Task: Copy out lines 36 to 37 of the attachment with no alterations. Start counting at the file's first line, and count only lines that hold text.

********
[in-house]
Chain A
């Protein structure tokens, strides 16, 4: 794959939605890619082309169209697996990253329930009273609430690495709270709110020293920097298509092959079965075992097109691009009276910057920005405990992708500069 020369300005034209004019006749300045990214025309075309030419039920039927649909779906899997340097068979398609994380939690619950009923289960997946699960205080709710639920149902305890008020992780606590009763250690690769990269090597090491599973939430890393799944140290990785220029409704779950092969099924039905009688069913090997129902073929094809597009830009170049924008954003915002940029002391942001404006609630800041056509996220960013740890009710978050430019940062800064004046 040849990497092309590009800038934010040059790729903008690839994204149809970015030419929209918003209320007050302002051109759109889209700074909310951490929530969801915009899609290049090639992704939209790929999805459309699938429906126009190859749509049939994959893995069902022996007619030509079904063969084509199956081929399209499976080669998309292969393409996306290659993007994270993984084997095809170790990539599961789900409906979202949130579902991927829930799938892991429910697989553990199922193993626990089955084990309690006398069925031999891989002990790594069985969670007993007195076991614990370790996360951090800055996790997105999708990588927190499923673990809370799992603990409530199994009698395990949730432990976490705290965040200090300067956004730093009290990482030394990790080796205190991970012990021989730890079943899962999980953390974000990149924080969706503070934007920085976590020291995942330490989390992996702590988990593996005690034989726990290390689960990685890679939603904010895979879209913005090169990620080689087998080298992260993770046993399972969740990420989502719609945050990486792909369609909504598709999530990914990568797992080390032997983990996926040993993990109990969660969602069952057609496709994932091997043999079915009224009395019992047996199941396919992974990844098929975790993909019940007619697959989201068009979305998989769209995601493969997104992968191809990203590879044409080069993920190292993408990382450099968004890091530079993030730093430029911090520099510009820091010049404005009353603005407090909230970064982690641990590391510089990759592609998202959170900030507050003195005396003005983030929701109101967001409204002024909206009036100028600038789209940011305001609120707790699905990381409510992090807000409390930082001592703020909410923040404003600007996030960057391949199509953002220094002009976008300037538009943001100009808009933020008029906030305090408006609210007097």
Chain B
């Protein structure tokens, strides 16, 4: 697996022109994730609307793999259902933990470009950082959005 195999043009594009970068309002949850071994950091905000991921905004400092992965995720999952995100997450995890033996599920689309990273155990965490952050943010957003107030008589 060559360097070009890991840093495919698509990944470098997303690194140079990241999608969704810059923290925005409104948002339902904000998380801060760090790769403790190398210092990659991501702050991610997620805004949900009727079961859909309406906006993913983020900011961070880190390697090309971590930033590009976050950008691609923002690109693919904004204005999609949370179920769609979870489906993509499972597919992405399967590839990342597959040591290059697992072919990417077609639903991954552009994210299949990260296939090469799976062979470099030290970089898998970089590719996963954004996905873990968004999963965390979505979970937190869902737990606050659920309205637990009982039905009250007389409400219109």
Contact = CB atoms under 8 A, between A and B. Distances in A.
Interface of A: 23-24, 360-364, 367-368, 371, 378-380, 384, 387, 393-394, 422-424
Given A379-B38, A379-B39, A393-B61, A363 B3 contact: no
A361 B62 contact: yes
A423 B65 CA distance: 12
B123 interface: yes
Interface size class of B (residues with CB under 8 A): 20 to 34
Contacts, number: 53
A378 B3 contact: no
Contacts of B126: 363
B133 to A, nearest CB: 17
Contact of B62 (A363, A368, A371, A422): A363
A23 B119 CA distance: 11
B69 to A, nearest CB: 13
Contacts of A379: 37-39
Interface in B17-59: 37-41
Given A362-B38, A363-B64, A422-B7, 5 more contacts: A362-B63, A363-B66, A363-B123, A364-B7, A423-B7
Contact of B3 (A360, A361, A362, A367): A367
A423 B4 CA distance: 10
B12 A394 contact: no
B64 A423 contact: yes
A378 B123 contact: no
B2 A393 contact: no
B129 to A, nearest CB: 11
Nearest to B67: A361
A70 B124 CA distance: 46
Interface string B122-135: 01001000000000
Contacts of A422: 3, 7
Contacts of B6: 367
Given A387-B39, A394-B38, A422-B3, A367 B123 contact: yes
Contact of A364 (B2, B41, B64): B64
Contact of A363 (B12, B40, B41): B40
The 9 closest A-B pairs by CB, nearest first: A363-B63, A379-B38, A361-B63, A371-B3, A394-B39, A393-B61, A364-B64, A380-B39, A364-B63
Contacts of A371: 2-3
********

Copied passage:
Contact of A364 (B2, B41, B64): B64
Contact of A363 (B12, B40, B41): B40